Some of Carlos Rolon’s work as seen at NOMA.

During our last visit we heard about the French Quarter Festival- four days of free music on 12 stages. The focus is on New Orleans musicians. It sounded like our kind of festival.

Three of the larger stages are set up along the river. During the first day of the festival we started smelling diesel fuel but couldn’t identify the source. Turns out a ship docked to hard and punctured its fuel tank. We found this out when the ferry was canceled. The clean up

The music is nonstop from 11am to 9pm. That’s a long line to sit in one place. There is so much going on in the streets that needed to be checked out.Magic on the streetWait in line for fresh beignets

Lots of excellent street musicans

And then there was this guyYes, he did land it.

New Orleans has a jazz museum housed in an old Federal Mint near the French Market. There was an exhibit of iconic jazz images by Herman Leonard. A terrific exhibit. The museum also had some interesting artifacts on display. Fats Domino’s piano

Louis Armstrong’s first coronet

There was also a fabulous display of Mardi Gras Indian costumes. The costume takes a year to construct and is used for only one Mardi Gras season. But our New Orleans visit was more than just music and history. There are lots of neighborhoods to explore and this time we chose to revisit some old favorites and check out some new ones. The Garden district has some beautiful homes and as we missed out on a tour of the Lafayette Cemetery last visit, we made a point to tour it this time.

Since we were nearby, we wandered over to the Irish Channel neighborhood for lunch. Bon Appetite’s choice for restaurant of the year is located on Jackson Ave.

The jasmine was in bloom and scented the air everywhere. After an afternoon of wandering, we bellied up to two for one cocktails and conversation with the locals @ Barrel Proof Whiskey Bar. (We had too much fun to document that though.)There’s always something to celebrate in NOLA.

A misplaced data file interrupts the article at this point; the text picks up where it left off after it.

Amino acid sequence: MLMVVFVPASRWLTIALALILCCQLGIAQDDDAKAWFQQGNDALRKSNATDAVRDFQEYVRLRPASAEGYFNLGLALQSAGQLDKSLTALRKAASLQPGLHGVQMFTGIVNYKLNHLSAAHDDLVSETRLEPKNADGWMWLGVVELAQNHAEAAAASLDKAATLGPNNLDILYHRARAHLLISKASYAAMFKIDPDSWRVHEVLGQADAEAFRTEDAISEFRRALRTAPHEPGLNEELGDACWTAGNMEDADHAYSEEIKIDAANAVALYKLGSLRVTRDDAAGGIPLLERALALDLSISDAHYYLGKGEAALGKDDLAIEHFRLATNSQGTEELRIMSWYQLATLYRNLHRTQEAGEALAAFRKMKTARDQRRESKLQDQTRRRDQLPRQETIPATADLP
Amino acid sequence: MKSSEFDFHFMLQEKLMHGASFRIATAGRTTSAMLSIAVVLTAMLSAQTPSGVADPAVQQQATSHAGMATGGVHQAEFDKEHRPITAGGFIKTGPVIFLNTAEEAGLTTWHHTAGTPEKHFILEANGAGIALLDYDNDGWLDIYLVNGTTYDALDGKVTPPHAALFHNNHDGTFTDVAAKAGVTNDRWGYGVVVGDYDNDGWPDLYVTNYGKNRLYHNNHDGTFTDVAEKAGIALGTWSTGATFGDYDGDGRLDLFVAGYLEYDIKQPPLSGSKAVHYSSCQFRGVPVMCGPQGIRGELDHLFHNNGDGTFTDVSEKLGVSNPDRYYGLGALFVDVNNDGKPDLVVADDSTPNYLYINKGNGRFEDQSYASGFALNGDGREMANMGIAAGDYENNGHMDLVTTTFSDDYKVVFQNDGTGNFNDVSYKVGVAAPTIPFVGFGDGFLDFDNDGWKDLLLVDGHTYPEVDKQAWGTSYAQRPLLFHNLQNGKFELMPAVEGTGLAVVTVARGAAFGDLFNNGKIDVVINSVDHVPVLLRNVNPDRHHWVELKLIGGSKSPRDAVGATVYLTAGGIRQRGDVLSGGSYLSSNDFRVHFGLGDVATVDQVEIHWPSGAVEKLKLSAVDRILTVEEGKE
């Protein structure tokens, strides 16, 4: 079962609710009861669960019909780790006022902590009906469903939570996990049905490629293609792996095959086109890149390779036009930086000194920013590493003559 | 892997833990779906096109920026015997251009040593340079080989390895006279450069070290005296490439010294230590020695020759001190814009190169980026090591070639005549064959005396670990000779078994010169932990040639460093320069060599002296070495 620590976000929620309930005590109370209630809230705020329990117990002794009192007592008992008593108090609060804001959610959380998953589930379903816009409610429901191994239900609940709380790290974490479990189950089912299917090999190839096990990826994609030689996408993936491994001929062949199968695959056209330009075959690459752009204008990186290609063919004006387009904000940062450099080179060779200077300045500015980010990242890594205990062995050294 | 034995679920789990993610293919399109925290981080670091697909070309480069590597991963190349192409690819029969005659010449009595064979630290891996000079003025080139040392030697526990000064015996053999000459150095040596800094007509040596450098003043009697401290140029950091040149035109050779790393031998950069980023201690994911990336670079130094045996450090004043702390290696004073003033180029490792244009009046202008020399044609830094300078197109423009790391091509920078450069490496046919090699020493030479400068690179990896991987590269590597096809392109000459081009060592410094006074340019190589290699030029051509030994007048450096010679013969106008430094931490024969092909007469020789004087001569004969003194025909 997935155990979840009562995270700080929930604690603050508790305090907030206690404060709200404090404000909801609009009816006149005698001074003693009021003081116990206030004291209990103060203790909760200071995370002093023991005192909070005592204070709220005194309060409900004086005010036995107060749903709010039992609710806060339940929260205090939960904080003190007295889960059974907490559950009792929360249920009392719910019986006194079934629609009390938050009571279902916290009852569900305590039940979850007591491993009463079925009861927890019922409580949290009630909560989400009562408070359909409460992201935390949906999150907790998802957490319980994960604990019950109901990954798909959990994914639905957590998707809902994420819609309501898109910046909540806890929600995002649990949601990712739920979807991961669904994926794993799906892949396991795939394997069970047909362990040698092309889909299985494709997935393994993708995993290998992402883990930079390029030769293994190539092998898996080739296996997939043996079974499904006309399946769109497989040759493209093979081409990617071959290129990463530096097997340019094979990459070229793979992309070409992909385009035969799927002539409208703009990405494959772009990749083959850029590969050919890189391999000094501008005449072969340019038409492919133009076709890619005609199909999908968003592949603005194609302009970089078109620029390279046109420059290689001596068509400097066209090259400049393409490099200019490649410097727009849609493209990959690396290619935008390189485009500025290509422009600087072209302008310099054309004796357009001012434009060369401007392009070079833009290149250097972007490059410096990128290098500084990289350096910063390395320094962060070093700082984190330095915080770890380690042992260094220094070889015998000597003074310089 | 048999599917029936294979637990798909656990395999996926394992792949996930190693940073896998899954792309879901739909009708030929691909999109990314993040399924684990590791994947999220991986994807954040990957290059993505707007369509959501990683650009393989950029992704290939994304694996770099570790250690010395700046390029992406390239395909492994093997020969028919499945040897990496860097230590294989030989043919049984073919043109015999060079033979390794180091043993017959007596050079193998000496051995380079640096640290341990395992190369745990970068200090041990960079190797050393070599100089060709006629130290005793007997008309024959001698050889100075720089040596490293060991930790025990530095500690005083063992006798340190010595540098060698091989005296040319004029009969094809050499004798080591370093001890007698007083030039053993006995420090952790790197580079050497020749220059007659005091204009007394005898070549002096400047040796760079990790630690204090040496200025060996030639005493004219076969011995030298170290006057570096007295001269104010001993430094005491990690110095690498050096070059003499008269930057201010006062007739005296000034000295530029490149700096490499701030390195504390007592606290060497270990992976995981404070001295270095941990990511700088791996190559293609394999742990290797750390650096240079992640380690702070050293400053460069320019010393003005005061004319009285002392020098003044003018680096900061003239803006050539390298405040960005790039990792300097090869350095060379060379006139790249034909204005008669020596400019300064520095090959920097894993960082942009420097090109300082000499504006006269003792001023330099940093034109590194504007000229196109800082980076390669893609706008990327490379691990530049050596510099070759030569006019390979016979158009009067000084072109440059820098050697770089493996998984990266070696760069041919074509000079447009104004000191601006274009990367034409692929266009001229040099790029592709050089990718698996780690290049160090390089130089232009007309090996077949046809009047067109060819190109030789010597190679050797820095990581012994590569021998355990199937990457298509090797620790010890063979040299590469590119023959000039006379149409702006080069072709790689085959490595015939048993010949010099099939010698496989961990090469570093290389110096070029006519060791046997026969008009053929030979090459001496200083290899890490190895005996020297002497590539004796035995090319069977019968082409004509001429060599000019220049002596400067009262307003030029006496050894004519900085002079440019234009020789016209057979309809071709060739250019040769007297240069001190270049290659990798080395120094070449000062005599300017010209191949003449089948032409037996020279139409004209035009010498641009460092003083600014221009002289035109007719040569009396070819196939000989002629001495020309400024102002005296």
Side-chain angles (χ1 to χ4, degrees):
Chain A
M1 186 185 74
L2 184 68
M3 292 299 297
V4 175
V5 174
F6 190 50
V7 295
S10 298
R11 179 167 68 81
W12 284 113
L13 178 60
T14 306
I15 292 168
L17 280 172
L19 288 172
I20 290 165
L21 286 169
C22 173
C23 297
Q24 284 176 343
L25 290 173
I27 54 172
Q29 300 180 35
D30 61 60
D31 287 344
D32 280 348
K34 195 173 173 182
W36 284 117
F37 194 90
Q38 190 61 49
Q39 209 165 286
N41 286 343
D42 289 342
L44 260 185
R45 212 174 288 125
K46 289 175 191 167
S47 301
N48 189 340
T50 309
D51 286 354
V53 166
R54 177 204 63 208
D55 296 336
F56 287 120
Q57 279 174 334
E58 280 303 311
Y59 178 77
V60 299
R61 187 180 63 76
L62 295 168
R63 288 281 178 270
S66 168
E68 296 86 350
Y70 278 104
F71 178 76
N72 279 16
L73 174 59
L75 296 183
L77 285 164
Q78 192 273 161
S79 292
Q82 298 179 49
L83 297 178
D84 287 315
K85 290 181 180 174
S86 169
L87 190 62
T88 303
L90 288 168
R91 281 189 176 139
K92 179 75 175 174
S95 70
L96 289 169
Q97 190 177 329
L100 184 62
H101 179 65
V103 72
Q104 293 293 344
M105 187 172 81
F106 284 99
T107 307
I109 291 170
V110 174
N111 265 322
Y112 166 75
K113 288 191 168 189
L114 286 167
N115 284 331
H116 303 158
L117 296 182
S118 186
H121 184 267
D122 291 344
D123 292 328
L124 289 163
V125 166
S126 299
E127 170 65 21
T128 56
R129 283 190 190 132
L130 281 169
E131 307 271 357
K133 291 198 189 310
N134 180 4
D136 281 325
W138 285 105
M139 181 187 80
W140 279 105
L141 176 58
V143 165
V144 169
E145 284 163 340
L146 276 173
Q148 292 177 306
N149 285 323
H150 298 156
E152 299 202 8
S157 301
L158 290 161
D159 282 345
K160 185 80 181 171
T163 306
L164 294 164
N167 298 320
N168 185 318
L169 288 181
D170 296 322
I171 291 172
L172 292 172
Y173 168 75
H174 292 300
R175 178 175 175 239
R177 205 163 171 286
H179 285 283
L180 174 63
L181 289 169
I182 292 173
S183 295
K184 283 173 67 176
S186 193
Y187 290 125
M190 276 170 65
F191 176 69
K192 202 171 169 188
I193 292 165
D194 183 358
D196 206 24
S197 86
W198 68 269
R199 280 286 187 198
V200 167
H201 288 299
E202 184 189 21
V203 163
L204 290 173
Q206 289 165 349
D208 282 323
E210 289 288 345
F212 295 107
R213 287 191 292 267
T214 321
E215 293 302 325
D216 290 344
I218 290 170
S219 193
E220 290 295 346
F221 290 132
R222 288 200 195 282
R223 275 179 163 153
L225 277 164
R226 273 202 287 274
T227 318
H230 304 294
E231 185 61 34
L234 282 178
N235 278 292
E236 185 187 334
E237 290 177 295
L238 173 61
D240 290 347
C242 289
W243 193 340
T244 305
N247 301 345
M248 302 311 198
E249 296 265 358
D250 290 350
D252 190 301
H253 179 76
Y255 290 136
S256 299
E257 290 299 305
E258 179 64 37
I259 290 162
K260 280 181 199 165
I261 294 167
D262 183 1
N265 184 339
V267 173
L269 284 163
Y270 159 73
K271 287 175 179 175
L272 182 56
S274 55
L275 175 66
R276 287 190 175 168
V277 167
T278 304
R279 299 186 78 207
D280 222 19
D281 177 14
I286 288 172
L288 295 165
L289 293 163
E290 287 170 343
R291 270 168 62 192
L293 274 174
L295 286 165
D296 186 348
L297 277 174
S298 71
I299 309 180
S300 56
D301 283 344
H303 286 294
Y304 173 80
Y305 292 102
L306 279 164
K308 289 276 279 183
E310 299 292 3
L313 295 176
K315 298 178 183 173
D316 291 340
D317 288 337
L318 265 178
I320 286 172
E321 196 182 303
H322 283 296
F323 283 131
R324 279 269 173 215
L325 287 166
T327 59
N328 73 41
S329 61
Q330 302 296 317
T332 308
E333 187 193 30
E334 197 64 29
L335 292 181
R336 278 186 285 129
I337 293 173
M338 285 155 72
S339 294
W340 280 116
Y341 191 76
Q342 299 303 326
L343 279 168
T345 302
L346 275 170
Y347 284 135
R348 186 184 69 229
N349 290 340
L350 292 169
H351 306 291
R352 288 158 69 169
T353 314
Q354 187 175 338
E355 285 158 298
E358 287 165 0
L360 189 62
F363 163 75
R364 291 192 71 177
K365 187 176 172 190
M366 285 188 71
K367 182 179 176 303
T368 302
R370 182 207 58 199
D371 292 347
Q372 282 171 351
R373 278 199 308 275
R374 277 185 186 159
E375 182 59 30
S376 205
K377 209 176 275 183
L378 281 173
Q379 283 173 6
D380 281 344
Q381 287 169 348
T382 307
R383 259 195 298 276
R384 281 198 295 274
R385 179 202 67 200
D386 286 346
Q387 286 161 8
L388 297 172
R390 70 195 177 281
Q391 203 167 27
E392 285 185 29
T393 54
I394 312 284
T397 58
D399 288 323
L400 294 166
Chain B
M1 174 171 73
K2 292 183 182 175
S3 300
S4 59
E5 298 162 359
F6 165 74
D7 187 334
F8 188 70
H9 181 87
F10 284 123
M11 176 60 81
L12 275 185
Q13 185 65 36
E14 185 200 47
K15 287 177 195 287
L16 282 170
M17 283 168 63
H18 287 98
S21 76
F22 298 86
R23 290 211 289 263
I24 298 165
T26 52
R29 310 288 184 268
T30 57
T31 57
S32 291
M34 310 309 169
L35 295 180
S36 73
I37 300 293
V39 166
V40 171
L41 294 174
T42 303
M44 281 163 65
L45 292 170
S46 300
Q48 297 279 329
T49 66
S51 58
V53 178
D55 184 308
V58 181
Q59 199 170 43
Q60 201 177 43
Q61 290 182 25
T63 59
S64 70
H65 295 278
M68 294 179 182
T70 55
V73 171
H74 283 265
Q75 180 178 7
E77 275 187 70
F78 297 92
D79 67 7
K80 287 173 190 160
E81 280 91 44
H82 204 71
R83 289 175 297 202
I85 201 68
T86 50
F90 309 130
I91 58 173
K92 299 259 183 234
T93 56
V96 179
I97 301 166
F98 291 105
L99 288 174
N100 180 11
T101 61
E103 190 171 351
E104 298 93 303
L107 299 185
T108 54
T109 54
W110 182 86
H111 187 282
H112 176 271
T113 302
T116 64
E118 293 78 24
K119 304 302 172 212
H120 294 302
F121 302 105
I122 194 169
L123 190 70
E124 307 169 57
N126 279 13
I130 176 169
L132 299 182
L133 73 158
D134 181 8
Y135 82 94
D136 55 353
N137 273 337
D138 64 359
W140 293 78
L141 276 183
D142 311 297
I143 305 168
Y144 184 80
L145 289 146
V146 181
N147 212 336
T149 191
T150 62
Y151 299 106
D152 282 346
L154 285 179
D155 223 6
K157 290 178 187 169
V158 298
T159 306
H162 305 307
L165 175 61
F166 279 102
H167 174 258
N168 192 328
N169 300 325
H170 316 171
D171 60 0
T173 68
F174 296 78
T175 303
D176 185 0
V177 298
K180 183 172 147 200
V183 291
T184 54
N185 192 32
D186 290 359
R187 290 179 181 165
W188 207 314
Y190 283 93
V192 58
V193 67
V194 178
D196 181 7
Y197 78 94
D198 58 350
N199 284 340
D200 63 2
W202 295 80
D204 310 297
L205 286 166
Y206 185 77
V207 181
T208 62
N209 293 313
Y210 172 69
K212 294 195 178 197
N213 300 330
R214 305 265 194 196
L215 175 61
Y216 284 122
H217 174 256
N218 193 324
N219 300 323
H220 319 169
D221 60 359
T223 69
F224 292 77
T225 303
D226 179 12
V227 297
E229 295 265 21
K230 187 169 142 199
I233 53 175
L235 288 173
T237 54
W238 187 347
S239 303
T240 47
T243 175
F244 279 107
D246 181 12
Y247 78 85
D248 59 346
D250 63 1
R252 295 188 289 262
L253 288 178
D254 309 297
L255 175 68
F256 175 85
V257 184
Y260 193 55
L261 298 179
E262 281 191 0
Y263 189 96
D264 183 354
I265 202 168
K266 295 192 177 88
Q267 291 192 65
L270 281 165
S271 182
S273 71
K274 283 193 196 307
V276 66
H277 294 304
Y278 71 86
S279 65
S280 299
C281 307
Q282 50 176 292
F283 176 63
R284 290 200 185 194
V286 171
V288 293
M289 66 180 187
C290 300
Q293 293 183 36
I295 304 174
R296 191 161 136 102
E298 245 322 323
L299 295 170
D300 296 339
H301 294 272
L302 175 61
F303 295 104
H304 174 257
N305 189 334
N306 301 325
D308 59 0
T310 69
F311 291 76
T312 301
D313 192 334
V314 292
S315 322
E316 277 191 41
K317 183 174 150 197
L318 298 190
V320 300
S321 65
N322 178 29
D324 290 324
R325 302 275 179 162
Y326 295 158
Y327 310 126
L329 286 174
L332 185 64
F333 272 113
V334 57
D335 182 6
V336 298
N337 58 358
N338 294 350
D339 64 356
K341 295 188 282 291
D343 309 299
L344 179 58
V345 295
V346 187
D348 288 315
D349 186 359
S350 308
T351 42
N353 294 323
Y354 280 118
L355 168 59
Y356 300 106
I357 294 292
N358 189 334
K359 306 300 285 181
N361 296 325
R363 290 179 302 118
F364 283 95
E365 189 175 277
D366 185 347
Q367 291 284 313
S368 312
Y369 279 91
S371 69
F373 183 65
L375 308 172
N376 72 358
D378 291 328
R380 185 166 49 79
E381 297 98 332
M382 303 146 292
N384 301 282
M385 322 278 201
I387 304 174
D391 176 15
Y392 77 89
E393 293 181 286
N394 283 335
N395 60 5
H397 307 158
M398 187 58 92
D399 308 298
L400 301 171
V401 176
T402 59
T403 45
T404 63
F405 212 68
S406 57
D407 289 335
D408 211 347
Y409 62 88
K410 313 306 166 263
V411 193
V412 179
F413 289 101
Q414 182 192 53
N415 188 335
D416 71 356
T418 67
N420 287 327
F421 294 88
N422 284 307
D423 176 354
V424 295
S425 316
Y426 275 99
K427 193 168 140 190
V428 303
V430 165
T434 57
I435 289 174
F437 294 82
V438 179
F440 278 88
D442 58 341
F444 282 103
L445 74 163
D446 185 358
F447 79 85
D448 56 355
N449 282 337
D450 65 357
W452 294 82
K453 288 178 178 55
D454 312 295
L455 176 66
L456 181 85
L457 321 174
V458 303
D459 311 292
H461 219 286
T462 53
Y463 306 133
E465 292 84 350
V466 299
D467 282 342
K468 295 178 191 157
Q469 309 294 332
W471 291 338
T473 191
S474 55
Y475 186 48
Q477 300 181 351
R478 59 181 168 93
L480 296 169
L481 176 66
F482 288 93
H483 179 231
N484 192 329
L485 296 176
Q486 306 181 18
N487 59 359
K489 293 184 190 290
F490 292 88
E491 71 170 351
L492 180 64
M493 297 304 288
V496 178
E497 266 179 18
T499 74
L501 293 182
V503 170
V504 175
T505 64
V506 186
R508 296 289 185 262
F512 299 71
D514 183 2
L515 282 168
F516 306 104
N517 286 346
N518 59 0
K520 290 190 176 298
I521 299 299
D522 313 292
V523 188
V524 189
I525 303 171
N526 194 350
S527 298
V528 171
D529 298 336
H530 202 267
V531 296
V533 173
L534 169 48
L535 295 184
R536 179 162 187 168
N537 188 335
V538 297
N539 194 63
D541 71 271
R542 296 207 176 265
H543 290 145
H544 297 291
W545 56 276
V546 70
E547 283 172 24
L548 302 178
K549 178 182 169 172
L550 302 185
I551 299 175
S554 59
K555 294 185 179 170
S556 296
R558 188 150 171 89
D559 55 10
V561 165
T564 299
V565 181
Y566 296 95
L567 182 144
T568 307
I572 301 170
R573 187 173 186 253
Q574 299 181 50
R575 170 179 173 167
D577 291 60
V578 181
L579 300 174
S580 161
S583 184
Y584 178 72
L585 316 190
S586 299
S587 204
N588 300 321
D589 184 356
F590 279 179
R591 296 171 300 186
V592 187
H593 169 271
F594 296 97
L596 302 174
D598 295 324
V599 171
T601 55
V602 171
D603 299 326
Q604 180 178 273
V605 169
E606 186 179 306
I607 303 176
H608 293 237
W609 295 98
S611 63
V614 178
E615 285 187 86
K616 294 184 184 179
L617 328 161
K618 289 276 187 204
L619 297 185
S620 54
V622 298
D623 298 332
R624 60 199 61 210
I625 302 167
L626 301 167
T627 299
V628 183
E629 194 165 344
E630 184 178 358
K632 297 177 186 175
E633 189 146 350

And no trip to NOLA is complete without a Levy on the Levee.

Gulf Islands National Seashore

We thought we were done with Florida but things happen. The last two times we headed West from Florida we tried unsuccessfully to procure a camp spot on the National Seashore. This year’s plan was to head to Alabama and camp on the Gulf. Out of curiosity, we checked the Natioal Seashore website and found there was one spot available on the days needed. We grabbed it. We spent two nights here and realized that we’ll need to head back at some point to explore the area more completely. What we did find during our stay was miles of white sand beaches and crystal clear turquoise water and an abundance of wildlife.

The beach was a five minute walk from camp, across the dunes on a boardwalk.

This guy made sure we stayed on the boardwalk when we crossed the dunes.Both evenings we walked the beach we watched schools of Rays riding the waves into shore eating as they went. Quite a show.The beaches are as deserted as they look. One evening we had to share the beach with this guy.

This Park is across the bay from Pensacola and has a long military history. Fort Pickens is located a couple of miles from the campground along the Florida Scenic Trail.

We saw lots of birds along the trail. Particularly impressive were the numerous Osprey.

But it’s also fun to see the familiar as well. Fort Pickens is a brick and mortar structure competed in 1834(construction was done primarily by slaves) and remained in use until 1947. From 1886 to 1887 Geronimo was held prisoner here. The Fort was active in Mexican- American War, Civil War, Spanish American War and the two World Wars.

The Blue Angels are based across the bay from the Fort and practice every Tuesday. We weren’t there for practice but did see them fly over the campground in formation. For us the attraction of this area is the the beach and wildlife.

While we didn’t see many people there was evidence that we weren’t alone.

Hopefully, we have the opportunity to come back for a longer stay.